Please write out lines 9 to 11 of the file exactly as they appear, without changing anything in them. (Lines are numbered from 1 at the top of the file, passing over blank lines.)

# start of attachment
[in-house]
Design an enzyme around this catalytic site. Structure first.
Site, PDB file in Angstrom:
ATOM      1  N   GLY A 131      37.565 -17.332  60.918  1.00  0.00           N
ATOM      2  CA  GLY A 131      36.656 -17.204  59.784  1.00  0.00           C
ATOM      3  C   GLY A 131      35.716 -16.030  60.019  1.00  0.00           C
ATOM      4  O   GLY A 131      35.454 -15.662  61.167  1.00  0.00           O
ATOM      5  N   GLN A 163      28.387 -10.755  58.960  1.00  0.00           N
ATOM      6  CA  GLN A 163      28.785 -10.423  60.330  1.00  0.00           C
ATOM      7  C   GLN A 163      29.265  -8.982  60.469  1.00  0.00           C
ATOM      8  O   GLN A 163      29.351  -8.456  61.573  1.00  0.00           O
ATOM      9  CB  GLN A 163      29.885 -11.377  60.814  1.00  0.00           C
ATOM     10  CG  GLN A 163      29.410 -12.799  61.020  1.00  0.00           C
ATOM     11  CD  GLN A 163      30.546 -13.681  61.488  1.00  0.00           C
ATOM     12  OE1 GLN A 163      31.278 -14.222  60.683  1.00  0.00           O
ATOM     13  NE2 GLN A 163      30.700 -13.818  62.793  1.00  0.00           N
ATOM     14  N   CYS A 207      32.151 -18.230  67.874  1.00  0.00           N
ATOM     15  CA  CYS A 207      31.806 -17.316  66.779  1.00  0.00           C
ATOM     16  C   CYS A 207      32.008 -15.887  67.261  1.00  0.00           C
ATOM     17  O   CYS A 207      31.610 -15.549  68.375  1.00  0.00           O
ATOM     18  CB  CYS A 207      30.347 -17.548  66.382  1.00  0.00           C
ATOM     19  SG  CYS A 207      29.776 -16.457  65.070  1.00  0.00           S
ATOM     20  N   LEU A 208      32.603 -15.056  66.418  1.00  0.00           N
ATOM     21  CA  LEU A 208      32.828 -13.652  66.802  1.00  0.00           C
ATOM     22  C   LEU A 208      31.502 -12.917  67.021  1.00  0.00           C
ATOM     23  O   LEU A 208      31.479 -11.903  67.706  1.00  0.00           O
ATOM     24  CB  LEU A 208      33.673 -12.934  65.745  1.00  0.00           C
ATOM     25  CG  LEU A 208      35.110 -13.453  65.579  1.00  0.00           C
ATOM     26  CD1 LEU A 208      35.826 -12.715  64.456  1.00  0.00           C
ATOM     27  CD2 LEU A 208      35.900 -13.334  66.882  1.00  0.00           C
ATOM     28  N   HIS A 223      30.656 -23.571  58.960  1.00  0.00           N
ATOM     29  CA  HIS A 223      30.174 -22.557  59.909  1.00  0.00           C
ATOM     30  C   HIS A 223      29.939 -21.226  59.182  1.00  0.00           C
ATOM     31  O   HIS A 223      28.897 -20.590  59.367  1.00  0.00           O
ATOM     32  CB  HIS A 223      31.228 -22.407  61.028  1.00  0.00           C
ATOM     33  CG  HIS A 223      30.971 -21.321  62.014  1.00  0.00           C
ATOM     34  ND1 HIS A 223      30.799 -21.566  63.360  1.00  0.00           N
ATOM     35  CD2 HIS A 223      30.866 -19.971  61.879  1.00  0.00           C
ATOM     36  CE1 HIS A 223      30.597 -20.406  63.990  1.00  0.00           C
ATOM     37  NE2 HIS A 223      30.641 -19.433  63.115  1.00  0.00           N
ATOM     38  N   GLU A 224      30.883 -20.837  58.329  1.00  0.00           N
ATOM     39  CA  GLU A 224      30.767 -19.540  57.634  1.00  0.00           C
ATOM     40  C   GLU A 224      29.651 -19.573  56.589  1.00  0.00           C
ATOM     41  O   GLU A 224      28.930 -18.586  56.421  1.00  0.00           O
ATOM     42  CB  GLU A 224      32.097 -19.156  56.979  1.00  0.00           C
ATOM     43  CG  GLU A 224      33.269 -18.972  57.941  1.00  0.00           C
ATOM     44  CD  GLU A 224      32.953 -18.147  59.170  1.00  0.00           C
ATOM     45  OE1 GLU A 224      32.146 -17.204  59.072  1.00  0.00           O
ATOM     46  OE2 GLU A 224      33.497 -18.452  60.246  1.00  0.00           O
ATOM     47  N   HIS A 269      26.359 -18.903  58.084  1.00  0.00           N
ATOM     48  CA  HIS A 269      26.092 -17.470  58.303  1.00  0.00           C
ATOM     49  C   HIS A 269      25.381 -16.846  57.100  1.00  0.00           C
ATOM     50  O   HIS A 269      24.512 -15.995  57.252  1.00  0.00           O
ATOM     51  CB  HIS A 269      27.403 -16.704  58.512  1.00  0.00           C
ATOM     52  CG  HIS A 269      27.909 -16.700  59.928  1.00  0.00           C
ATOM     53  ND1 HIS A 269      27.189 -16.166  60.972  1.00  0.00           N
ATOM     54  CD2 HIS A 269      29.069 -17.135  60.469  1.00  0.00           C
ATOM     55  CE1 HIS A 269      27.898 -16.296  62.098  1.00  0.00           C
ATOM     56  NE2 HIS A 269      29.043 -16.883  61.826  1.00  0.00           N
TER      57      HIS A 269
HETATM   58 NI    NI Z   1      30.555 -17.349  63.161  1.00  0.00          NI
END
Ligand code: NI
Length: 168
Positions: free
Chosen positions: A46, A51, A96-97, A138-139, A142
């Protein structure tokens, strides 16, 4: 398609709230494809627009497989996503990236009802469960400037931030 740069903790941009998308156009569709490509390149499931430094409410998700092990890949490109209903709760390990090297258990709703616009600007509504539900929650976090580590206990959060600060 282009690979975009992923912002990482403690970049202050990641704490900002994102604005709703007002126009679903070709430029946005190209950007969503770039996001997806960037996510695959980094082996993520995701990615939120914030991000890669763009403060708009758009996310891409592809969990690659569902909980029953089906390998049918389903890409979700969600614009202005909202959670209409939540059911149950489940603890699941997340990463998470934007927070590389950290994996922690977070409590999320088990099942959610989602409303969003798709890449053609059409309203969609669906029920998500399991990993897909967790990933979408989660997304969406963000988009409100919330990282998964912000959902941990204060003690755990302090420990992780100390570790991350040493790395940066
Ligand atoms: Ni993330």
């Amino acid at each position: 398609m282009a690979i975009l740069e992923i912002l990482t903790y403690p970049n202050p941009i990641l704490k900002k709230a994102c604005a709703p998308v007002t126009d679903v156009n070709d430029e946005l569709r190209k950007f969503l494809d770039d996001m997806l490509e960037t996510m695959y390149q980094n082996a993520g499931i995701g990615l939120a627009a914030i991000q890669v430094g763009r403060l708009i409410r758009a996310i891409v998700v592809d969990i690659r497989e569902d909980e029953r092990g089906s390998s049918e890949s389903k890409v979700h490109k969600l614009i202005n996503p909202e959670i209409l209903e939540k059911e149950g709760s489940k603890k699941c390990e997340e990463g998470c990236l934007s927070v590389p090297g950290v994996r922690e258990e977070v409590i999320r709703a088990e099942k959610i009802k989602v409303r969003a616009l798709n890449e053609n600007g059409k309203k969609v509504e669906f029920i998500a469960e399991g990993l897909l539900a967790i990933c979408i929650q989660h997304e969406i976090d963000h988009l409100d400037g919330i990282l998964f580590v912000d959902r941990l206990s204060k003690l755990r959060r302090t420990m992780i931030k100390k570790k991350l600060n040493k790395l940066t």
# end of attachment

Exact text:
ATOM      6  CA  GLN A 163      28.785 -10.423  60.330  1.00  0.00           C
ATOM      7  C   GLN A 163      29.265  -8.982  60.469  1.00  0.00           C
ATOM      8  O   GLN A 163      29.351  -8.456  61.573  1.00  0.00           O